Wednesday, Jan. 16, 2008

Biographer awakens pop culture personality of the past

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Brian Jay Jones combined two of his passions — pop culture and Christmas customs — in choosing the person for his first biography, ‘‘Washington Irving: An American Original.”
For Brian Jay Jones, a pair of passions — one for pop culture, the other for Christmas customs — was crucial in choosing the person for his first biography ‘‘Washington Irving: An American Original.” Ironically, those connections with the American writer’s career are little known in contemporary times.

To most, Irving is the author of ‘‘Rip Van Winkle” and ‘‘The Legend of Sleepy Hollow.” His first book ‘‘A History of New York” was written with the pen name Diedrich Knickerbocker – thus the New York Knicks — and that city’s nickname Gotham came from an article Irving wrote for Salamagundi, a magazine he and some friends created.

About 10 years ago, Jones, who admits to being ‘‘a Christmas junkie,” read Stephen Nissenbaum’s ‘‘The Battle for Christmas,” ‘‘a terrific book about the origins of Christmas celebrations in the United States.” He learned that ‘‘all the rosy, picturesque customs that we embrace thinking we’re carrying on with Old English customs, were actually invented by Washington Irving.”

The 40-year-old Damascus resident quickly sought and found ‘‘Old Christmas” among the short stories in Irving’s collection ‘‘The Sketch Book.”

‘‘It was all a lot of fun, and what’s more, it was written in chatty, non-stilted language, much more modern than I expected,” Jones says. ‘‘I became intrigued by the fellow who had penned such stuff, and wanted to learn more about him.”

To his surprise, that information was not easily accessible. He ‘‘promptly hit a dead end. There wasn’t a thing in print and, as I discovered, there hadn’t been a major biography of Irving since 1935.”

Ascribing to the ‘‘rule among writers ... to write a book you’d want to read,” Jones says his research led him to believe that others would be similarly interested.

‘‘He (Irving) deserved a modern biography, with a modern sensibility — one that sympathized with his idleness even as it celebrated his ingenuity,” he explains.

Jones’ lifelong preoccupation with pop culture — ‘‘Books, music, TV, movies ... I loved it all,” he says of his childhood — also made Irving a likely candidate.

‘‘In his time, Irving was pop culture personified,” says the biographer. ‘‘He had international fame, he wrote international bestsellers, and everyone who was anyone wanted to be his friend or have a kind word from him. Politicians wanted his endorsement or affiliation. People bought his portrait and hung it on the wall.

‘‘There had really never been anyone like that before, and even today, we’d be hard pressed to find another celebrity of that caliber.”

Writing was hardly new to Jones, although ‘‘Washington Irving” is his first book. Reared mostly in Albuquerque, N.M. in a ‘‘suburban, upper-middle class, quite happy an decidedly normal” family, he says his ‘‘parents always encouraged me to do whatever I wanted in life. ... The problem was, apart from writing — which, like Washington Irving, I considered more hobby than career — I was never sure what I wanted to do.”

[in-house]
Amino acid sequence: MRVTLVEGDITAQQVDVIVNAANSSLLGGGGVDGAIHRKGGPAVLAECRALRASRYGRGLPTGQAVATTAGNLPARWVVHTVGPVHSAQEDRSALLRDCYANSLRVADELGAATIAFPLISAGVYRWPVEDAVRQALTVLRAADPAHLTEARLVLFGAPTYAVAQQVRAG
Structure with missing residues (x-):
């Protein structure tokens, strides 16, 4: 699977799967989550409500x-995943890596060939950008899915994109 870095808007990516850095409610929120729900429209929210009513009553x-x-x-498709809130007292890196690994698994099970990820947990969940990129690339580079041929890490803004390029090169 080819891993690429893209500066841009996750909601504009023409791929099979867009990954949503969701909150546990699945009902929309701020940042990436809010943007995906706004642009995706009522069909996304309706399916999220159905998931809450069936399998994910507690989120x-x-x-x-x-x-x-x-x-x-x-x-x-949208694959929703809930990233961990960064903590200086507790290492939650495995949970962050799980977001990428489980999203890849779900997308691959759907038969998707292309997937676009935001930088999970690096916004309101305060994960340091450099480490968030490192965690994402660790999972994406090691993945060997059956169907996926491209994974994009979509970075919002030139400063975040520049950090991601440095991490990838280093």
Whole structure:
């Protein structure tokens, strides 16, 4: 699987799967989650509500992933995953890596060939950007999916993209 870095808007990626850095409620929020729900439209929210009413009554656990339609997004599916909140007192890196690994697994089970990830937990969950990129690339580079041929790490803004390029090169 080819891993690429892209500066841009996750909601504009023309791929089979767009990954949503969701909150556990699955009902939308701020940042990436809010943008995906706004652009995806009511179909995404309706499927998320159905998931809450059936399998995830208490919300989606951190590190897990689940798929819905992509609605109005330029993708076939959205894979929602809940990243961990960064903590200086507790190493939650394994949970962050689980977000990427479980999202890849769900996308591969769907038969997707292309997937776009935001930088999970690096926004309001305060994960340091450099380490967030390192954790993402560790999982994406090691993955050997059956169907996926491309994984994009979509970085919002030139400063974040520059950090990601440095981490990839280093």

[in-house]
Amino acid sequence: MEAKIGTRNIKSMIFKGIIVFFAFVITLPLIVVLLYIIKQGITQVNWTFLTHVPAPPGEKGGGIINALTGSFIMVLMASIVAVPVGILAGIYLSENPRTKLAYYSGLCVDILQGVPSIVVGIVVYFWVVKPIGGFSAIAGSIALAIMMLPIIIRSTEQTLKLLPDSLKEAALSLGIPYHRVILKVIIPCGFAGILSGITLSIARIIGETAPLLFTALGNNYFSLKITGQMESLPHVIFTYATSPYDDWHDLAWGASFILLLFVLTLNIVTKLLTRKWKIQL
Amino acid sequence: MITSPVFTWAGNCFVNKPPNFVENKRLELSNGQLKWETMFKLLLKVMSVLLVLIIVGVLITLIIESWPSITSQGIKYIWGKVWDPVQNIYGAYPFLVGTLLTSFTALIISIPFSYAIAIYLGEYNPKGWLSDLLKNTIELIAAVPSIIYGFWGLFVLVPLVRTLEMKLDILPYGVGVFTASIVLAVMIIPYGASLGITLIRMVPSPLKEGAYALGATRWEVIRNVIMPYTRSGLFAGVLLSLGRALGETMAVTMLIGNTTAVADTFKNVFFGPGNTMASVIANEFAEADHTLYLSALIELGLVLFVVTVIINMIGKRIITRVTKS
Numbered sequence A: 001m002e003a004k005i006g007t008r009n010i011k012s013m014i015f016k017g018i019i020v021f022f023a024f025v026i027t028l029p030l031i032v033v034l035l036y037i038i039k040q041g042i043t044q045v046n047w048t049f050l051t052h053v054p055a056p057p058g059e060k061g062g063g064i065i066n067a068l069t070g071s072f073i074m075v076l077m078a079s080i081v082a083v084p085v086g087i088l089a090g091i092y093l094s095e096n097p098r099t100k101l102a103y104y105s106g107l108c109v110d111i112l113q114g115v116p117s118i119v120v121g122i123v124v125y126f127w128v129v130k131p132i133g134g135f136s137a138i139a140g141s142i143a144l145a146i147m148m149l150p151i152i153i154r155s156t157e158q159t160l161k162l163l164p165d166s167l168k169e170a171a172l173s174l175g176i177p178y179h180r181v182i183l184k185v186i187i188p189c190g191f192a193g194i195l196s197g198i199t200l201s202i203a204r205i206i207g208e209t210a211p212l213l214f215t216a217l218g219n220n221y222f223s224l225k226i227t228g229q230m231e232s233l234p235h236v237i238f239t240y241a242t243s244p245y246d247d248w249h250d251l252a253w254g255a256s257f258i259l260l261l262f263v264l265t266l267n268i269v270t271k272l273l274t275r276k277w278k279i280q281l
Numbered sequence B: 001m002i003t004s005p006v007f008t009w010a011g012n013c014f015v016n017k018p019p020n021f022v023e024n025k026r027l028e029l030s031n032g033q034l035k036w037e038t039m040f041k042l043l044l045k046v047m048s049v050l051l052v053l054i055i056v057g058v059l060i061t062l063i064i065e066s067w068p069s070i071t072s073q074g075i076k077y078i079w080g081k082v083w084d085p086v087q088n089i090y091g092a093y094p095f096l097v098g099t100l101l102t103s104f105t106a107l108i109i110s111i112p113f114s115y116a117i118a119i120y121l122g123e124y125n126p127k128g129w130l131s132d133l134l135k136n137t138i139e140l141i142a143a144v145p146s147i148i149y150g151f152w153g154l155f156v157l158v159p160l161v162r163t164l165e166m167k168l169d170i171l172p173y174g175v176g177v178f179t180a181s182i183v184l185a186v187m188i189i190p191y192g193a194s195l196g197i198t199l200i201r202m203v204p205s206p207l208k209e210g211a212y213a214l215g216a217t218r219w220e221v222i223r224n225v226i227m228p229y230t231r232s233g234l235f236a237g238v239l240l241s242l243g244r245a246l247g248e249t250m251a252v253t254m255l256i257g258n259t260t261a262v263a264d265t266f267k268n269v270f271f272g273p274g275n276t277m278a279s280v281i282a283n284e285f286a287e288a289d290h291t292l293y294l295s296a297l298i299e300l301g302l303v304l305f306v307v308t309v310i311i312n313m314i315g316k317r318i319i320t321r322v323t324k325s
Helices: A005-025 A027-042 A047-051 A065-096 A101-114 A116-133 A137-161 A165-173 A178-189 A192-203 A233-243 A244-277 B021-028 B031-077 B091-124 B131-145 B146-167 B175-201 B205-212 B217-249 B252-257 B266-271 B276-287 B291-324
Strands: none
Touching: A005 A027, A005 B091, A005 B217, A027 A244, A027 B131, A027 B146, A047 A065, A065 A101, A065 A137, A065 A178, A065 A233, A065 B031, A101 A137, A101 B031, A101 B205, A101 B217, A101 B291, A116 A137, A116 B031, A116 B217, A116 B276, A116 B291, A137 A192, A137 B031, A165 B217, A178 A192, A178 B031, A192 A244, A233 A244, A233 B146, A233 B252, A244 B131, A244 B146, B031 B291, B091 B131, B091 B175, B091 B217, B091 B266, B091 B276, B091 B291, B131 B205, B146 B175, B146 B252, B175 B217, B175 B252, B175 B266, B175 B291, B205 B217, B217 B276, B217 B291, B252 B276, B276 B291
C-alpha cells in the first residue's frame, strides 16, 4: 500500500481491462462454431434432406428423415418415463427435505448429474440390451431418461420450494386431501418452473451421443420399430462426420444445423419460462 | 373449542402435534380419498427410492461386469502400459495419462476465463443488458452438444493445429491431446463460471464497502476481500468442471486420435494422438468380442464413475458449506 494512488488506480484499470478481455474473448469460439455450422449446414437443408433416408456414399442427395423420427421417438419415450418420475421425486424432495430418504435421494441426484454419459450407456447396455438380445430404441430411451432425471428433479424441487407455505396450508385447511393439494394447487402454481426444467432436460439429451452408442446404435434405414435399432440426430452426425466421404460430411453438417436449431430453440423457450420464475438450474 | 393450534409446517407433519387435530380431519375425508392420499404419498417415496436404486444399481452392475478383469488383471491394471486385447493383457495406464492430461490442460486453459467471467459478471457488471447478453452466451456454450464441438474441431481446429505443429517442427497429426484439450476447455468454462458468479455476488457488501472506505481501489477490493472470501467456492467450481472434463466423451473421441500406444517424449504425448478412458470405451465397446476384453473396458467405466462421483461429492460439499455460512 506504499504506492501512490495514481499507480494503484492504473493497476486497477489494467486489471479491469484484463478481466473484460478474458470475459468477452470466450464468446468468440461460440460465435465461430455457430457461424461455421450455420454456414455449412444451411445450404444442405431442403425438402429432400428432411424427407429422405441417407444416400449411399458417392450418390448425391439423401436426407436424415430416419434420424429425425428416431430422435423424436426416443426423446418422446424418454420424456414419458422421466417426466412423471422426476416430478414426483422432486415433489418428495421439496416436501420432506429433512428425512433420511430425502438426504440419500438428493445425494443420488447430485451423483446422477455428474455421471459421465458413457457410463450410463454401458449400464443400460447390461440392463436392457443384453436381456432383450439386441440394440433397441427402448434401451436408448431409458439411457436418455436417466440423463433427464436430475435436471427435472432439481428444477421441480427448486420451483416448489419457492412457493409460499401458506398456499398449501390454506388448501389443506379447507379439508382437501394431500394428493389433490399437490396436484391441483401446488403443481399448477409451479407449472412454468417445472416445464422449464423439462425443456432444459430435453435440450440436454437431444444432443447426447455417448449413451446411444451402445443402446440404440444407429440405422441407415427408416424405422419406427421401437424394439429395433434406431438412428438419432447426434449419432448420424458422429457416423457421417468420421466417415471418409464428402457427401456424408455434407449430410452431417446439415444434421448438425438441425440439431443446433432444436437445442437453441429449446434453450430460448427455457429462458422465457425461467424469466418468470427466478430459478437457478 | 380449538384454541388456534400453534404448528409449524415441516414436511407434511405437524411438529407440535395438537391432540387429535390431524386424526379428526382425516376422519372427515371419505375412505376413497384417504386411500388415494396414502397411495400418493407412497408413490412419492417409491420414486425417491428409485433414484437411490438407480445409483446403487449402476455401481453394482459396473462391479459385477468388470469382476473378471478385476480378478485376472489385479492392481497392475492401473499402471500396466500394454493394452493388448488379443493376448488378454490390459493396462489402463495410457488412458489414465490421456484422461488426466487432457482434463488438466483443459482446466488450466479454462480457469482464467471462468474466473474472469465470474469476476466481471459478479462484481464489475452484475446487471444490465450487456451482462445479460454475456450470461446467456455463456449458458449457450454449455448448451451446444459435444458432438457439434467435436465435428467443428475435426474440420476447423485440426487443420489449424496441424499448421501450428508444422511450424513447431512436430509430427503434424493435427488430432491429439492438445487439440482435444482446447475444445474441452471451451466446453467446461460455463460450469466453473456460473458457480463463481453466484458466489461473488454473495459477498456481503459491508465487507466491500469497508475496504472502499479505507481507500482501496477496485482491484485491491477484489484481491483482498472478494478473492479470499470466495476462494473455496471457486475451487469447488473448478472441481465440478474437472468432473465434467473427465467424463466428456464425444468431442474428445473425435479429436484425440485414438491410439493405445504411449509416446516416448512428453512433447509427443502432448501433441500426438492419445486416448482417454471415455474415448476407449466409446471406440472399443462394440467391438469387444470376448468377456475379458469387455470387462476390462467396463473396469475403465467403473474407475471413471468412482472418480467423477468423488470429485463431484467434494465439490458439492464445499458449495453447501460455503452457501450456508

After giving up the pre-med career track at the University of New Mexico — having ‘‘quickly realized that chemistry and physics made me break out in a rash” — Jones studied English literature and wrote for the college newspaper.

‘‘I discovered that I not only liked it, but that I was pretty good at it,” he recalls. ‘‘So, armed with my English degree – a degree in unemployment, the engineering majors sniggered — I thought, OK, then, maybe I really can become a writer. ... And if I didn’t want to end up writing obituaries for the Albuquerque Journal, I had to find something else to do to cut my chops and pay the bills.”

A stint managing a comic book store in his hometown paid the bills while Jones looked for ‘‘a real job.” His writing career officially began in New Mexico Senator Pete Domenici’s D.C. office, initially answering constituent letters. Promoted to legislative assistant, he advised the senator on education, welfare, labor and the arts and wrote ‘‘statements and speeches, most of which ... landed in the distinguished but relatively obscure pages of The Congressional Record, and were garbled by unanimous consent.”

Nevertheless, he says, ‘‘I had a reputation as a wordsmith, and I was always the go-to guy for the ‘People Speeches’ — the ones celebrating the lives and accomplishments of others. An omen, right?”

Subsequently, he worked for the Senate Labor Committee, then as Associate Superintendent of Education for Arizona, returning to D.C. to work for an education nonprofit, and since 2004 as a policy advisor for Montgomery County Council President Mike Knapp.

Before he came to D.C., Jones had ‘‘zero interest in politics or government.” All these years later, though, he says, ‘‘while I don’t necessarily love politics, I love the political and legislative process ... the spectacle and the decorum and the customs and the culture.

‘‘That was what motivated and inspired me more than anything — the awesome responsibility that comes with being part of a long American tradition. I mean, I was working in the same institution as John Adams and Daniel Webster, and Calhoun and Clay. This was living history. That was a rush, even as it was intimidating.”

Professionally, Jones has ‘‘written countless speeches, statements, articles, brochures, newsletters and press releases.” But after the experience of writing his first book, he says, ‘‘I absolutely plan on writing another — and I’m already discussing a number of ideas with my publisher.” That, and reading comics, playing the banjo, listening to classic jazz and blues, watching Charlie Chaplin films and reading ‘‘anything having to do with the Beatles.” For now, at least, Christmas is past.